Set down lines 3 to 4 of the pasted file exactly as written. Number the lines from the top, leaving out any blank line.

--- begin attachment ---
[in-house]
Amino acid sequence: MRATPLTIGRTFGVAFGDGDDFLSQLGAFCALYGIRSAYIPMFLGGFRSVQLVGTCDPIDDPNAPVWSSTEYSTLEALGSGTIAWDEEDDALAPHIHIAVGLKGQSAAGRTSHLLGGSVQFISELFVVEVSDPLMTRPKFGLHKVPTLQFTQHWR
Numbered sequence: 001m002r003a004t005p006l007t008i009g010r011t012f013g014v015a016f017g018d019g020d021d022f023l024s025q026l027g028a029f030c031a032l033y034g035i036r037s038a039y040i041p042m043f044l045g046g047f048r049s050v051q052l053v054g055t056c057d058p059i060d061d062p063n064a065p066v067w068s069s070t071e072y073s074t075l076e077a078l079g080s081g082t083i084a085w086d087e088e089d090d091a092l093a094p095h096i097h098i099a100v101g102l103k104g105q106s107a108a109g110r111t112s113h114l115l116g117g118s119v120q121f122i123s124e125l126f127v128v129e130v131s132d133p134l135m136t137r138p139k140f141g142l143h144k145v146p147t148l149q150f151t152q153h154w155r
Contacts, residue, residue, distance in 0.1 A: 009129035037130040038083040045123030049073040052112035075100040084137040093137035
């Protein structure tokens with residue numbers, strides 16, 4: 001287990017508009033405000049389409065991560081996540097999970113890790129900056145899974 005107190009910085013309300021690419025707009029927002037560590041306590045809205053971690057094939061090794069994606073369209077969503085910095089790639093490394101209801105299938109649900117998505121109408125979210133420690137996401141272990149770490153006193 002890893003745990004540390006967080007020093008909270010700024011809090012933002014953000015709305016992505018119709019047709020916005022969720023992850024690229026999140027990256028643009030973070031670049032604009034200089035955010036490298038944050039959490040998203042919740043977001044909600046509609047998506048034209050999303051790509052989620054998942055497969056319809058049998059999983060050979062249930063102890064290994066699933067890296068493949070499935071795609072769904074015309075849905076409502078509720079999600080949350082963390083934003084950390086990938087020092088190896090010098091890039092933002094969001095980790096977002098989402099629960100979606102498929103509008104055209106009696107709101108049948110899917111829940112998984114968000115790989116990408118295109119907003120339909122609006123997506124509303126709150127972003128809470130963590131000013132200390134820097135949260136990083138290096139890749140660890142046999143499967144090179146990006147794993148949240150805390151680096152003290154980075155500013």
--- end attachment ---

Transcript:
Numbered sequence: 001m002r003a004t005p006l007t008i009g010r011t012f013g014v015a016f017g018d019g020d021d022f023l024s025q026l027g028a029f030c031a032l033y034g035i036r037s038a039y040i041p042m043f044l045g046g047f048r049s050v051q052l053v054g055t056c057d058p059i060d061d062p063n064a065p066v067w068s069s070t071e072y073s074t075l076e077a078l079g080s081g082t083i084a085w086d087e088e089d090d091a092l093a094p095h096i097h098i099a100v101g102l103k104g105q106s107a108a109g110r111t112s113h114l115l116g117g118s119v120q121f122i123s124e125l126f127v128v129e130v131s132d133p134l135m136t137r138p139k140f141g142l143h144k145v146p147t148l149q150f151t152q153h154w155r
Contacts, residue, residue, distance in 0.1 A: 009129035037130040038083040045123030049073040052112035075100040084137040093137035